Donald Judd (1928 – 1994) was a significant and instrumental figure in minimalist art due to his belief that a work could have great presence through the primacy of colour, form, material and space without recourse to deep philosophical meaning, describing his work as “the simple expression of complex thought”. Born in Missouri he studied at the Art Students League in New York, the College of William and Mary in Williamsburg and then studied philosophy and history of art at Columbia University. Although best known for his wood, metal or perspex assemblages, he also created paintings, relief works and prints, which explored the relationship between artwork, spectator and the environment in which they were placed. He also wrote on art criticism and theory.
The concept of seriality underpinned the majority of his oeuvre. His sculptures often consisted of simple forms such as boxes made of differing, often industrial, material placed directly on the floor within the galley space. The unit or box was often repeated, either on the floor or vertically on the wall, to create interplay between solid and void. Seriality was also central to his prints and Judd first experimented with printmaking techniques in 1951 including woodcut, etching and aquatint processes. From 1961-3 he completed a series of woodcuts of parallelograms (Untitled series) each printed in a single striking colour such as cadmium red or cerulean blue. These prints also engage with similar ideas as his sculptures with variations on a single theme and when seen next to each other the prints form part of a progression or rhythm. It is interesting to note that Judd often displayed the woodblock from which the print was created as a work in its own right, either before or after printing.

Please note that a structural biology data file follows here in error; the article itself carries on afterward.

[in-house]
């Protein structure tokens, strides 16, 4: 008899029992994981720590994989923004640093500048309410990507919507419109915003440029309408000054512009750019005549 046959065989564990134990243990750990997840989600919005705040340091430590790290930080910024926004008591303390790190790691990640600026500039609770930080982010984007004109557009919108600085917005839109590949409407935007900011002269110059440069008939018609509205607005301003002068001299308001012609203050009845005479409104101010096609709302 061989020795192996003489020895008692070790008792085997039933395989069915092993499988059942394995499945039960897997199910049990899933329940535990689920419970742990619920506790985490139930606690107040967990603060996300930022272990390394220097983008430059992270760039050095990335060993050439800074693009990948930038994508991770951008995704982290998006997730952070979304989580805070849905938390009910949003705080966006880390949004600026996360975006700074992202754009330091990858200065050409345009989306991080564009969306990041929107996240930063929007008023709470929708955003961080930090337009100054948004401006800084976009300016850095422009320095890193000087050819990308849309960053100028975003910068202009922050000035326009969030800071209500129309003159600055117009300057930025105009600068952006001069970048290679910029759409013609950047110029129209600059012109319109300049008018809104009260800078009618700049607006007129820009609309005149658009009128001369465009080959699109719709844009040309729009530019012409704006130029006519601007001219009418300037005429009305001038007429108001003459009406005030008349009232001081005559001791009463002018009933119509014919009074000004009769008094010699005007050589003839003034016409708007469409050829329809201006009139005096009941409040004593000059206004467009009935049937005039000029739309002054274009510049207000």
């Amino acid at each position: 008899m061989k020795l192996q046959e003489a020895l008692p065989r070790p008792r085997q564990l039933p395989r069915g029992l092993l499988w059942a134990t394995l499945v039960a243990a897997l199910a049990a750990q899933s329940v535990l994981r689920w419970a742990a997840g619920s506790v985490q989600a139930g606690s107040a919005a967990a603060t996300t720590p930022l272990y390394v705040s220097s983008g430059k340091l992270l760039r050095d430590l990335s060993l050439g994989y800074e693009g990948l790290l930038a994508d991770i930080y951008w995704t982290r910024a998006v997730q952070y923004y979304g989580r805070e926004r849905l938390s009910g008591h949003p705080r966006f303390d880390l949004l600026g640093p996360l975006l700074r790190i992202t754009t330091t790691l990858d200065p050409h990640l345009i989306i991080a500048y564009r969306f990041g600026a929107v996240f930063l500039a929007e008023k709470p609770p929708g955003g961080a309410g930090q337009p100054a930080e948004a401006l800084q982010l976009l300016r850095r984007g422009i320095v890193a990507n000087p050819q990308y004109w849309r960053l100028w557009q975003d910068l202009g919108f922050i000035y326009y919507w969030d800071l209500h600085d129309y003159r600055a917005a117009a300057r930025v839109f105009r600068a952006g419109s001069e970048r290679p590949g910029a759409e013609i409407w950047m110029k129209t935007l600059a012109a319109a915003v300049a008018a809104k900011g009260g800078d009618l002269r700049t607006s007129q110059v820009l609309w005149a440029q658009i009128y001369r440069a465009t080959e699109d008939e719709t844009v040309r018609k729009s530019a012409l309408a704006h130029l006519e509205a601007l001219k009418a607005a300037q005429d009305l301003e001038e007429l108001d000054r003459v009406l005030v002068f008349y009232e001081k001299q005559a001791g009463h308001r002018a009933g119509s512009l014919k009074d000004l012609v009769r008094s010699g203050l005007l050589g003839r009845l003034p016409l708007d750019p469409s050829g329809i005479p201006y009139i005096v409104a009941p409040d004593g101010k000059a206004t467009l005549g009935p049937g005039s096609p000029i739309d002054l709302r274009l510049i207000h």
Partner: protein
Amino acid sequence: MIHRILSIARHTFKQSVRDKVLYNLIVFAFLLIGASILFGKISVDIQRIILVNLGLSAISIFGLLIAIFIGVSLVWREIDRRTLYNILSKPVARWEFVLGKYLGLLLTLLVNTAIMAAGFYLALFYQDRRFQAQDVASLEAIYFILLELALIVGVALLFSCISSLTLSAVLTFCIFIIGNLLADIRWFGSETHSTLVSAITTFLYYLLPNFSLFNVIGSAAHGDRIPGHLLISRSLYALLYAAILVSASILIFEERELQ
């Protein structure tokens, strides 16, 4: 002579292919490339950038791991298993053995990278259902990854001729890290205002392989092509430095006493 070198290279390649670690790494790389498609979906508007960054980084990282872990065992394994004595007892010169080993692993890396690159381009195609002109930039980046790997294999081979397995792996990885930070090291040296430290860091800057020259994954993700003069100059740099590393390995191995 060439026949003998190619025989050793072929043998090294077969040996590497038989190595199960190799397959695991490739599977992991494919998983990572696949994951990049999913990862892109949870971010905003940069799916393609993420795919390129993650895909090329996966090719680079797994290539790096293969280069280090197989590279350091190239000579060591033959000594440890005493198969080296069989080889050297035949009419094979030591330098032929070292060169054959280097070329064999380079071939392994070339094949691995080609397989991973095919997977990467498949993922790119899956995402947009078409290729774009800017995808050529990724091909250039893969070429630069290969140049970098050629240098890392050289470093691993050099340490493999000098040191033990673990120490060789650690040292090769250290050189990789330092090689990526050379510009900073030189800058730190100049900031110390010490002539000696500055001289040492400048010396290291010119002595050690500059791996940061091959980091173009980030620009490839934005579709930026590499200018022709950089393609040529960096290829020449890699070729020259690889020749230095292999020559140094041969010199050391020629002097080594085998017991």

Judd continued to engage with printing throughout his career and produced over 300 editions. His work has been the subject of many international exhibitions including a retrospective at the Tate Modern London in 2004, a German travelling exhibition in 2002-3, an exhibition at the Musee d’Art Moderne in Nice in 2000 and The Museum of Modern Art New York is planning a large retrospective of his work in 2017.